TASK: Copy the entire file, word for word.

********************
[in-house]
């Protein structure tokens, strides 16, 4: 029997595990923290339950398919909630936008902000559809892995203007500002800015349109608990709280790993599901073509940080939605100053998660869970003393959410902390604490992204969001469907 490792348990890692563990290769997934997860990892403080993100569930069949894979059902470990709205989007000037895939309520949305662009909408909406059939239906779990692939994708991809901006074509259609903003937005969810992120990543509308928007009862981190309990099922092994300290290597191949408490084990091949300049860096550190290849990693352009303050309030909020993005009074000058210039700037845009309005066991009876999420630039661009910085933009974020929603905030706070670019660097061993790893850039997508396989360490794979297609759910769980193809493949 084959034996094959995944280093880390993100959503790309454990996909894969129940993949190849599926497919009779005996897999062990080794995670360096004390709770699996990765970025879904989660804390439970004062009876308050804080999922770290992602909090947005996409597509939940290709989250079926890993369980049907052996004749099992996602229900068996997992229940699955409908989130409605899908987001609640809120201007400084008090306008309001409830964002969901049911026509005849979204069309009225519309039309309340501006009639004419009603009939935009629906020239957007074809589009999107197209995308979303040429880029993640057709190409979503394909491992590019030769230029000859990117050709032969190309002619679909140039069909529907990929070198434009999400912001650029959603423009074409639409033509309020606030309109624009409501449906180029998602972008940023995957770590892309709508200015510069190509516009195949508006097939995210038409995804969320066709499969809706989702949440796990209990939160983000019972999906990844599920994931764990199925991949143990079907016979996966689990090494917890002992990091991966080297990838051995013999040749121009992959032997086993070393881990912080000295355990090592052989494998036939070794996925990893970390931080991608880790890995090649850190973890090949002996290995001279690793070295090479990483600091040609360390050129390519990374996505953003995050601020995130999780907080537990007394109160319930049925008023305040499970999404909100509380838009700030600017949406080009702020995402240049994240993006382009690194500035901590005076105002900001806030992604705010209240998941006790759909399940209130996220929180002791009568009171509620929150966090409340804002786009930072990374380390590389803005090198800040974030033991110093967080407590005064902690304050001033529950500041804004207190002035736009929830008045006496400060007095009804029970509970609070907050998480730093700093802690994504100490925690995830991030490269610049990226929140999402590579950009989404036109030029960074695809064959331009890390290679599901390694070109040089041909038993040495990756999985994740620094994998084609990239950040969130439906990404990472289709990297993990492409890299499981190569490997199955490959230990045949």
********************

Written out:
[in-house]
């Protein structure tokens, strides 16, 4: 029997595990923290339950398919909630936008902000559809892995203007500002800015349109608990709280790993599901073509940080939605100053998660869970003393959410902390604490992204969001469907 490792348990890692563990290769997934997860990892403080993100569930069949894979059902470990709205989007000037895939309520949305662009909408909406059939239906779990692939994708991809901006074509259609903003937005969810992120990543509308928007009862981190309990099922092994300290290597191949408490084990091949300049860096550190290849990693352009303050309030909020993005009074000058210039700037845009309005066991009876999420630039661009910085933009974020929603905030706070670019660097061993790893850039997508396989360490794979297609759910769980193809493949 084959034996094959995944280093880390993100959503790309454990996909894969129940993949190849599926497919009779005996897999062990080794995670360096004390709770699996990765970025879904989660804390439970004062009876308050804080999922770290992602909090947005996409597509939940290709989250079926890993369980049907052996004749099992996602229900068996997992229940699955409908989130409605899908987001609640809120201007400084008090306008309001409830964002969901049911026509005849979204069309009225519309039309309340501006009639004419009603009939935009629906020239957007074809589009999107197209995308979303040429880029993640057709190409979503394909491992590019030769230029000859990117050709032969190309002619679909140039069909529907990929070198434009999400912001650029959603423009074409639409033509309020606030309109624009409501449906180029998602972008940023995957770590892309709508200015510069190509516009195949508006097939995210038409995804969320066709499969809706989702949440796990209990939160983000019972999906990844599920994931764990199925991949143990079907016979996966689990090494917890002992990091991966080297990838051995013999040749121009992959032997086993070393881990912080000295355990090592052989494998036939070794996925990893970390931080991608880790890995090649850190973890090949002996290995001279690793070295090479990483600091040609360390050129390519990374996505953003995050601020995130999780907080537990007394109160319930049925008023305040499970999404909100509380838009700030600017949406080009702020995402240049994240993006382009690194500035901590005076105002900001806030992604705010209240998941006790759909399940209130996220929180002791009568009171509620929150966090409340804002786009930072990374380390590389803005090198800040974030033991110093967080407590005064902690304050001033529950500041804004207190002035736009929830008045006496400060007095009804029970509970609070907050998480730093700093802690994504100490925690995830991030490269610049990226929140999402590579950009989404036109030029960074695809064959331009890390290679599901390694070109040089041909038993040495990756999985994740620094994998084609990239950040969130439906990404990472289709990297993990492409890299499981190569490997199955490959230990045949």